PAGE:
Woonsocket’s ‘Faces’ artwork draws reactions

Woonsocket’s ‘Faces’ artwork draws reactions

Woonsocket City Councilor Garrett Mancieri stands beside his portrait, wheat pasted on a wall in a parking lot across from City Hall. (Breeze photos by Sandy Seoane)
Completed art project enhances city streets

WOONSOCKET – Ellie Brown had hoped to show off the city’s diversity and help to build community through “Faces of Woonsocket,” an independent art project started earlier this year.

Judging by reactions this week, the artist, who came to the city through NeighborWorks Blackstone River Valley’s Community Builders in Residence program, has not only achieved her goal, but has also drawn attention to the value of public art through her work.

Along Cass Avenue, East School Street and Main Street, 100 of Brown’s 30-by-50-inch black and white portraits smile down at passers by. The wheat-pasted photographs show residents of varying ages and nationalities, and undeniably, attract plenty of attention.

“It’s engaging. It makes you want to know more about the people,” said Vincent Mendez as he looked at Brown’s work on a wall across from City Hall Friday afternoon. “It’s awesome. It definitely helps to bring out a different light for the city. I think it helps the image, definitely. We’re very diverse.”

“We need more stuff like this,” Mendez added.

Residents like Mendez could be seen stopping at all three locations throughout the week, gazing up at the unique art.

The project was inspired by a similar effort by French street artist “JR” titled “Inside Out,” and like JR, Brown aimed to have each portrait convey something about the model’s personality. On their hands, participants wrote numbers representing their time in Woonsocket, with some choosing to display the year when they arrived, while others wrote how long they’ve lived in the city.

“She really encouraged us to step a little outside of our comfort zone,” said City Councilor Melissa Murray, who volunteered to be photographed along with her father. “I’m notorious for not wanting to have my picture taken, but I believe in this project so I agreed to it.”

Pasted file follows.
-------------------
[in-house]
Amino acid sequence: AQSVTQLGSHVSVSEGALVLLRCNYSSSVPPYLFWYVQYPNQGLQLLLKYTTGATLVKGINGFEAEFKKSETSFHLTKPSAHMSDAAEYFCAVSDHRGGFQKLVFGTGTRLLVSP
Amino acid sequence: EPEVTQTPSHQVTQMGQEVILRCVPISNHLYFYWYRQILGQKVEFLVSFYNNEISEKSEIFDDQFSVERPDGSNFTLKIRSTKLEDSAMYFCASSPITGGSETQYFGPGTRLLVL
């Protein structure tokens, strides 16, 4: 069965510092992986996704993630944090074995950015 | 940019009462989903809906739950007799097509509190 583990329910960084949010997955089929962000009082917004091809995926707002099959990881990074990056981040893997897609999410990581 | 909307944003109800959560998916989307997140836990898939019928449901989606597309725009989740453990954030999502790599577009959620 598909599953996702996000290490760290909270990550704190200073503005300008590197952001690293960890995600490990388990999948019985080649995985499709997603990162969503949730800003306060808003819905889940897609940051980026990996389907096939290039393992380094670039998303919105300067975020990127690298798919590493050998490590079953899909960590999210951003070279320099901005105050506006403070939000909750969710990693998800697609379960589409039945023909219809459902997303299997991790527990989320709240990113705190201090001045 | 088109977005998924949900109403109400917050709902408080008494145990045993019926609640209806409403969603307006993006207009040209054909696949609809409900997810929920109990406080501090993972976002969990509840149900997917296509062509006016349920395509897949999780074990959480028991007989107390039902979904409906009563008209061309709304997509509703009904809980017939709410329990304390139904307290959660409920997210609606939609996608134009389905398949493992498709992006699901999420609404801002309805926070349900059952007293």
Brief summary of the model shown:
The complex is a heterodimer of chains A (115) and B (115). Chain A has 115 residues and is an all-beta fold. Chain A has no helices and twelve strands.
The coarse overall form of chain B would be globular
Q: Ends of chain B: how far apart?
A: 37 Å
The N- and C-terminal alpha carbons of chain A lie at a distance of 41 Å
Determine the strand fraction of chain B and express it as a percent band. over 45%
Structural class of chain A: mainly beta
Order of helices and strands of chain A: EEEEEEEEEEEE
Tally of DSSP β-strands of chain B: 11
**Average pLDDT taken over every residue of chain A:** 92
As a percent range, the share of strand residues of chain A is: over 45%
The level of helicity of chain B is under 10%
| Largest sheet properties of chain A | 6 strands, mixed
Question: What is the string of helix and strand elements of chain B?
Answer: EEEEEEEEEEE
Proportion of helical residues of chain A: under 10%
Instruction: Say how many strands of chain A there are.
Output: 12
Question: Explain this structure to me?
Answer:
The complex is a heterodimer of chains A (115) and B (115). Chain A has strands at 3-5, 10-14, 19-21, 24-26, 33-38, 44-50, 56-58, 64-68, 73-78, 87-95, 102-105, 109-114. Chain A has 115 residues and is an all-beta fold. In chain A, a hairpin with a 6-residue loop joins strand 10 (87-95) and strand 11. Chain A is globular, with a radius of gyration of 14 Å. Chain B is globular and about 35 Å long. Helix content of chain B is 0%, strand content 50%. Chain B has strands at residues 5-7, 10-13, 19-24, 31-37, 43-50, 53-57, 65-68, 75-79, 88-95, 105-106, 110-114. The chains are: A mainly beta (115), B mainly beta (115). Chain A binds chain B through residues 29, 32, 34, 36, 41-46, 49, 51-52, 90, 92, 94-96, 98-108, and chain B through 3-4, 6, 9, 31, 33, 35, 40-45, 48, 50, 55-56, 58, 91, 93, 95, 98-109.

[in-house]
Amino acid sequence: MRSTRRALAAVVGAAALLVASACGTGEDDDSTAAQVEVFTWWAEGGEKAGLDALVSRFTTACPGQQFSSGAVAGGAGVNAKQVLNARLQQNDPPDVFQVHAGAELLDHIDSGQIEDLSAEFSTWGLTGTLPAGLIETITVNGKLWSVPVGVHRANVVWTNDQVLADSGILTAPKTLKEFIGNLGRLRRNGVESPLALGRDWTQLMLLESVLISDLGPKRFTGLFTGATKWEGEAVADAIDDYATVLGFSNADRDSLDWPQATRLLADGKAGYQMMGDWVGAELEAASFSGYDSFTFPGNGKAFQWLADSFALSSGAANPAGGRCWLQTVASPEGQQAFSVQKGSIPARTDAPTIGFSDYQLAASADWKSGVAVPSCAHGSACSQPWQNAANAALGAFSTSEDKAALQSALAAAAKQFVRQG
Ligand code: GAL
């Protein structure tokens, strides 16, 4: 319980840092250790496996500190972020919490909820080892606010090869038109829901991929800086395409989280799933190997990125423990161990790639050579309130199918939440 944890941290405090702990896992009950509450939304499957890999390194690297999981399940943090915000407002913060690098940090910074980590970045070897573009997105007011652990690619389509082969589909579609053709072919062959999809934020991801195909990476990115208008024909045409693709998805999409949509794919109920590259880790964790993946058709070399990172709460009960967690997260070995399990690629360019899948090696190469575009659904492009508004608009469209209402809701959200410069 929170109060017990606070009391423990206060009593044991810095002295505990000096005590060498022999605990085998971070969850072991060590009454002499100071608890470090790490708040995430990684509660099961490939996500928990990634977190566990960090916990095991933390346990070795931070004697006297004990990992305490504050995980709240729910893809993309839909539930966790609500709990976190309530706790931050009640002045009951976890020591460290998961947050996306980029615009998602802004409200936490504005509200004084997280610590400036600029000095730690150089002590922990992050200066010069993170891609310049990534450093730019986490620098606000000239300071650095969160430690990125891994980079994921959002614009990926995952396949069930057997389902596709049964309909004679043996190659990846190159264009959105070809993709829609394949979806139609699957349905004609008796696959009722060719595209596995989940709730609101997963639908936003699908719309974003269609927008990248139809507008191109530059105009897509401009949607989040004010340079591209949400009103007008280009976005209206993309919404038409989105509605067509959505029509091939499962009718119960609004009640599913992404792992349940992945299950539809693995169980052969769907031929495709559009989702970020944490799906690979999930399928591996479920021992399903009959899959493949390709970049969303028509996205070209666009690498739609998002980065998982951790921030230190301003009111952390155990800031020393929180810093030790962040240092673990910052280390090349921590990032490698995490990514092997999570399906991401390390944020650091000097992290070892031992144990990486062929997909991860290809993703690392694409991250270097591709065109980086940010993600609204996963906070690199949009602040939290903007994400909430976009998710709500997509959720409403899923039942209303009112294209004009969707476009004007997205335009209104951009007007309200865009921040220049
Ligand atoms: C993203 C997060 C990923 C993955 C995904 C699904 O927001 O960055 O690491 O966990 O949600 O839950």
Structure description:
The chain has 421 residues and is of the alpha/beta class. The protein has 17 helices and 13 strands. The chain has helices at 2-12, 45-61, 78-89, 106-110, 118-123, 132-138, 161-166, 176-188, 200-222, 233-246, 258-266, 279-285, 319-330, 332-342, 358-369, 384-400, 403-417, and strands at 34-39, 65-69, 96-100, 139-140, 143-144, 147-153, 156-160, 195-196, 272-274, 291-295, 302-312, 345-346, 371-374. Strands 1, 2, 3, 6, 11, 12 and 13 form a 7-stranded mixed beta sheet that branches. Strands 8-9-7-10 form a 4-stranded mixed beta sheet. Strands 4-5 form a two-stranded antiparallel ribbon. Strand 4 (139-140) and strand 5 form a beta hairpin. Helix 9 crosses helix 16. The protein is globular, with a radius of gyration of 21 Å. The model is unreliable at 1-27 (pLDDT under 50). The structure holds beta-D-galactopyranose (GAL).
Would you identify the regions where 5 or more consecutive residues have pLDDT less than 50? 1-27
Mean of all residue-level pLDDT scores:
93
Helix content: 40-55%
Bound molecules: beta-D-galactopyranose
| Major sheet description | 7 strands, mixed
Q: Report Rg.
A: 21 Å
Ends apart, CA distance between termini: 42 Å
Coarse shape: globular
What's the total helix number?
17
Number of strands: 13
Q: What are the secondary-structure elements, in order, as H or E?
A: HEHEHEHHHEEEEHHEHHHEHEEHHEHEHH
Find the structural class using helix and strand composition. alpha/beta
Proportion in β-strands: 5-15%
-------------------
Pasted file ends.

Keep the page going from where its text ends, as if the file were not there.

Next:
Murray wrote two numbers on her hands, representing the times before and after she moved away from the city.

“I felt like they were two very distinct parts of my life,” she said. “Each picture tells a story.”

Councilor Garrett Mancieri wrote the number “13,” to represent his time in the city, and noted that it’s a symbolic number for his family that seems to appear often since the death of his grandmother.

Mancieri was first elected to city government in 2013.

“I think it’s important the elected officials are up there too,” Mancieri said. “I always try to think of people as the same and equals and I think that is what this represents.”

Mancieri noted that virtually anyone who lives in the city could find someone they know in the photos.

“In Woonsocket, we are very connected for a city of 40,000,” he said.

“It really does make an impression,” he added. “We want people to feel like this is their community.”

Other participants included Mayor Lisa Baldell-Hunt and former School Committee member Vimala Phongsavanh.

But the vast majority were not government officials, but rather, every day people.

“I live here and I work here, so I felt I was a good candidate to be one of the 100,” said resident Jason Phaneuf, who’s portrait hangs on East School Street. “I felt like I was part of Woonsocket with the volunteer work I did last year and the year before.”

Upon seeing the outcome, Phaneuf said, “I like it. It’s nice. It definitely shows a diversity of people.”

Brown said that she went into the project seeking participants of various backgrounds without expectations.

“I had some idea of the diversity I wanted to display, but didn’t know how that would look until I actually met and photographed all of the people.

The biggest surprise, she said, came during her first shoot at Woonsocket Harris Public Library.

“I approached a man and asked him if I could take his photo. He asked me why I would want to, because he was homeless, as if that disqualified him as a human here,” Brown said. “That was a big emotional surprise.”

The portraits are expected to remain up until fall, or until they begin to look shabby, according to Brown.

Mayor Lisa Baldelli-Hunt said that the eye-catching display is the type of artwork the city needs more of.

“It creates conversation, it generates interest and it stirs up activity,” she said. “Woonsocket is behind in the arts.”

Murray cited the project as an example of how a simple, low cost idea could have a high impact.

“It’s doing exactly what it’s intended to do,” Murray said. “I think people vastly underestimate the power of public art. It can build the economy and foster a sense of community.”

Murray added, “I hope this sends a message to other artists that are out there that we are willing to support them.”

Councilor Melissa Murray stands with her portrait across from City Hall.
Woonsocket resident Jason Phaneuf stands with his portrait on East School Street.


to be perfecly honest it is no tomas kinkade but it is good to dress the area up. thank you

god bless!

to be perfecly honest it is no tomas kinkade but it is good to dress the area up. thank you

god bless!